We have the answers!

We have listed some frequently asked questions and answers about our plasters below.


Do your plasters contain latex/natural rubber?

No, our plasters are entirely latex/natural rubber free. However we do use a latex based adhesive in our individual plaster packaging sleeves. Anyone with an extreme latex sensitivity is advised to avoid touching the products.The exceptions are plaster strips and all hydrocolloid plasters that are not sealed in this kind of paper wrapping. Also wound- cleansers, sterile dressings and elastic bandages are entirely free from packing material with latex/natural rubber.

Are your plasters tested for contact allergies?

Plasters are defined as medical technology products and are therefore subject to a specific EU Directive. All products that are released on the market must have undergone a number of tests to show that they are safe to use on skin. If they meet these requirements, they can be labelled “hypoallergenic”. However, this does not guarantee that a small number of individuals can suffer a skin reaction when they use plasters, in the same way that some people are allergic to certain foods. Skin irritations are also often of a purely mechanical nature and arise when the plaster is pulled off and the top layer of skin follows with it.

The plasters are lacking perforations. How can they let the skin breathe?

The plasters are made ​of polyurethane, a plastic material, although it is imperforate, it allows the skin to breathe.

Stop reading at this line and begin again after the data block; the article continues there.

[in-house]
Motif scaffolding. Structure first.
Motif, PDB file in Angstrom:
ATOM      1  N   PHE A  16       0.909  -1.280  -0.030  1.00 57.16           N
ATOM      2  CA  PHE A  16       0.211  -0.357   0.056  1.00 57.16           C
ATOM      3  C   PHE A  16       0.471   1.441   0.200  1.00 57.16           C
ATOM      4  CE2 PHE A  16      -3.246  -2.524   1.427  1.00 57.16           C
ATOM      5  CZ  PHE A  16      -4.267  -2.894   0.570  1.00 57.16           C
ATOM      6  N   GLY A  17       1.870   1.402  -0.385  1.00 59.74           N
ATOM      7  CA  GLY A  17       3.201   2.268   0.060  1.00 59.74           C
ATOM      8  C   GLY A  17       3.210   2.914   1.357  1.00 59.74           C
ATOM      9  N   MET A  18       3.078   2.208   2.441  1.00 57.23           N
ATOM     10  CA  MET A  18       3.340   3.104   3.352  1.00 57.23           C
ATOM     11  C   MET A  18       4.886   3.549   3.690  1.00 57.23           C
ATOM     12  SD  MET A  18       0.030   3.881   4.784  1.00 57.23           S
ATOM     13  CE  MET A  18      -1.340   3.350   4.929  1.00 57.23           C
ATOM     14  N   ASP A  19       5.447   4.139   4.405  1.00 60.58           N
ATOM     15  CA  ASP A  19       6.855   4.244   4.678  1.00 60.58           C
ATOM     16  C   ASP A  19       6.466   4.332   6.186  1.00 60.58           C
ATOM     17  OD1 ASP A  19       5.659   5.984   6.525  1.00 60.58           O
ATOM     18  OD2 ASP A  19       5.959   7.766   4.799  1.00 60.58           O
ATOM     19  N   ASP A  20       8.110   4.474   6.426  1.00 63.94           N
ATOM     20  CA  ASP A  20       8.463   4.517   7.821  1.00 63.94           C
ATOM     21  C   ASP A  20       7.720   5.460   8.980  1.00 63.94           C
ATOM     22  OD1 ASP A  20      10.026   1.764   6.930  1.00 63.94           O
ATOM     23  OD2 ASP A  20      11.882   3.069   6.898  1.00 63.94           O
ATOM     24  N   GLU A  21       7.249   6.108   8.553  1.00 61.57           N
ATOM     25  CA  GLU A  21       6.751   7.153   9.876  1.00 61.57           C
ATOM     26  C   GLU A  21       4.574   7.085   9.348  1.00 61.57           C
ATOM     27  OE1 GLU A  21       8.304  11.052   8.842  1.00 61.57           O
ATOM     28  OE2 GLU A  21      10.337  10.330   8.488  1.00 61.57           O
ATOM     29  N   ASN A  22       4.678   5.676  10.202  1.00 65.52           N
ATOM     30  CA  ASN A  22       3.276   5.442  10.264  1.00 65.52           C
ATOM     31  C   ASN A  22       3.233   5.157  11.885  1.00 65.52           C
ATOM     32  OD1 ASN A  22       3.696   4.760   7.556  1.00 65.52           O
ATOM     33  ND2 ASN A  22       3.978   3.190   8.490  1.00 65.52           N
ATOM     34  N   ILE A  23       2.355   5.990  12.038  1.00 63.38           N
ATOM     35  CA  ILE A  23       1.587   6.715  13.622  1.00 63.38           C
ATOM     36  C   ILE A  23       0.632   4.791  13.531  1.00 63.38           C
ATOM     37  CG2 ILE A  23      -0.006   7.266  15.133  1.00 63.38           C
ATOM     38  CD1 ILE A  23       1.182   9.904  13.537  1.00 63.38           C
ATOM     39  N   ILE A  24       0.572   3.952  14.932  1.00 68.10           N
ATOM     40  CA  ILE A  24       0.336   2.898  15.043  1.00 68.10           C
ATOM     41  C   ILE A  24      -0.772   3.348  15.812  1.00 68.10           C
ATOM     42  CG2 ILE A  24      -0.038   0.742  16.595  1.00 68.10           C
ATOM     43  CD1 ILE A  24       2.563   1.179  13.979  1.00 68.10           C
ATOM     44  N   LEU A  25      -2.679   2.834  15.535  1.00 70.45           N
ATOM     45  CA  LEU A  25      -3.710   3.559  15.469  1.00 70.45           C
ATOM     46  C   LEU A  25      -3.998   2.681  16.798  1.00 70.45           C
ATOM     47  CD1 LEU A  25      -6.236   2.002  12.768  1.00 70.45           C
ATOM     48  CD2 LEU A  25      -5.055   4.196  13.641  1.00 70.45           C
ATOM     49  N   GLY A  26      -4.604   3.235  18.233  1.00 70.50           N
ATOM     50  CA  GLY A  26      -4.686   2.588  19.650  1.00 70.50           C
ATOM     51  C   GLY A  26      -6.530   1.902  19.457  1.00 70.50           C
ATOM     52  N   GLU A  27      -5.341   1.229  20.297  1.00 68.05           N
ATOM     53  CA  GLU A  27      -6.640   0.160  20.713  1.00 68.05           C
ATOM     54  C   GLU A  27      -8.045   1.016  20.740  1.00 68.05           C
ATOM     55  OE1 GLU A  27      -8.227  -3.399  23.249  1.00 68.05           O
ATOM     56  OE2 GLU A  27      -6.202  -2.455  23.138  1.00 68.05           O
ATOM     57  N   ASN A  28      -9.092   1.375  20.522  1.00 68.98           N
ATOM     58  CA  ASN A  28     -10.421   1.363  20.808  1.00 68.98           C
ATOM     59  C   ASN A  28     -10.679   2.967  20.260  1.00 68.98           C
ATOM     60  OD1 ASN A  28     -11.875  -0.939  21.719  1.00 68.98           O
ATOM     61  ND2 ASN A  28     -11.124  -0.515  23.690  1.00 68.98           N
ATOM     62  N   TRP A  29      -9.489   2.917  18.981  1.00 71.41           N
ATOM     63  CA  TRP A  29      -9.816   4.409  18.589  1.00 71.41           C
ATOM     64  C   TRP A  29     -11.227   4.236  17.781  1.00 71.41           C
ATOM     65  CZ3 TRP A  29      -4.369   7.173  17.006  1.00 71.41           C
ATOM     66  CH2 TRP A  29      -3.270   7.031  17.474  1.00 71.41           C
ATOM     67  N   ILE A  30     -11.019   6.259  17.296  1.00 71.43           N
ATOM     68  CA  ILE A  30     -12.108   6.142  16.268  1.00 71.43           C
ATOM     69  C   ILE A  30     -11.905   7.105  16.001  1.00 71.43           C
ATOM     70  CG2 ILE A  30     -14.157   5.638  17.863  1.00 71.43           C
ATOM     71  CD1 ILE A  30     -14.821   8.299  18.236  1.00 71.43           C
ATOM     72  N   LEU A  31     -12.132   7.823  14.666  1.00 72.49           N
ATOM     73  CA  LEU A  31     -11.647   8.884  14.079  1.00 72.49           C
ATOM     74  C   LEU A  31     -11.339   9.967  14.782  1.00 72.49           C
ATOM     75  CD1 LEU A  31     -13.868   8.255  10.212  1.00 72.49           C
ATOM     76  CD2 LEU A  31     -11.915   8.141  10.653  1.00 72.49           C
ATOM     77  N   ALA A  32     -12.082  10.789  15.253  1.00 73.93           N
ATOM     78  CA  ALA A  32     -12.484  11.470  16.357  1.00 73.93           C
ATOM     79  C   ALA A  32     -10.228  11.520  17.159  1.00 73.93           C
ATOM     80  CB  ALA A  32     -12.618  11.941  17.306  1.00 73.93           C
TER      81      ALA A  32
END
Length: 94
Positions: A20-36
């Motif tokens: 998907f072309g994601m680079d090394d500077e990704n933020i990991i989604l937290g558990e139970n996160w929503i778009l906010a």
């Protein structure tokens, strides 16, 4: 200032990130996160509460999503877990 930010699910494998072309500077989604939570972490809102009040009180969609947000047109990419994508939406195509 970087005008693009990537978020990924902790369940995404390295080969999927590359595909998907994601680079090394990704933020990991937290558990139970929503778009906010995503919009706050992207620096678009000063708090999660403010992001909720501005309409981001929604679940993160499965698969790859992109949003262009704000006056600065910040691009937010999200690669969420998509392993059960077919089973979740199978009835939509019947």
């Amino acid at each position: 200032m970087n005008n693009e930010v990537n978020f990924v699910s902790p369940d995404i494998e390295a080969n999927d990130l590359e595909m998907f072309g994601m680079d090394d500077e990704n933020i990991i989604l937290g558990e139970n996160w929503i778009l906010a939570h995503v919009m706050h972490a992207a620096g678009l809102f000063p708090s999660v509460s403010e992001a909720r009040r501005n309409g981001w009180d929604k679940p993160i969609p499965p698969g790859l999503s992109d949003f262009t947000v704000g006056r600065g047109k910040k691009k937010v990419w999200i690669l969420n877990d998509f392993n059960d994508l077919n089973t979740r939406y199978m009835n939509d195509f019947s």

What are plasters made of and what types of adhesive and other materials are used in your various different plasters?

Generally speaking, a plaster is made of a plaster film coated with an even layer of adhesive and an absorbent wound pad centred on the plastic film. The adhesive coated surface is covered by two partially overlapping silicon strips. Most plasters come in a protective sealed paper sleeve.

What is hydrocolloid?

Hydrocolloid is a modern material that feels like a flexible extra skin. Hydrocolloid plasters absorb moisture from the skin and create a supporting cushion that relieves pressure and protects against friction. The material only allows a certain amount of moisture to pass through and helps create a moist environment round the wound that stimulates the healing process. This helps the wound heal without forming a scab reducing the risk of scarring.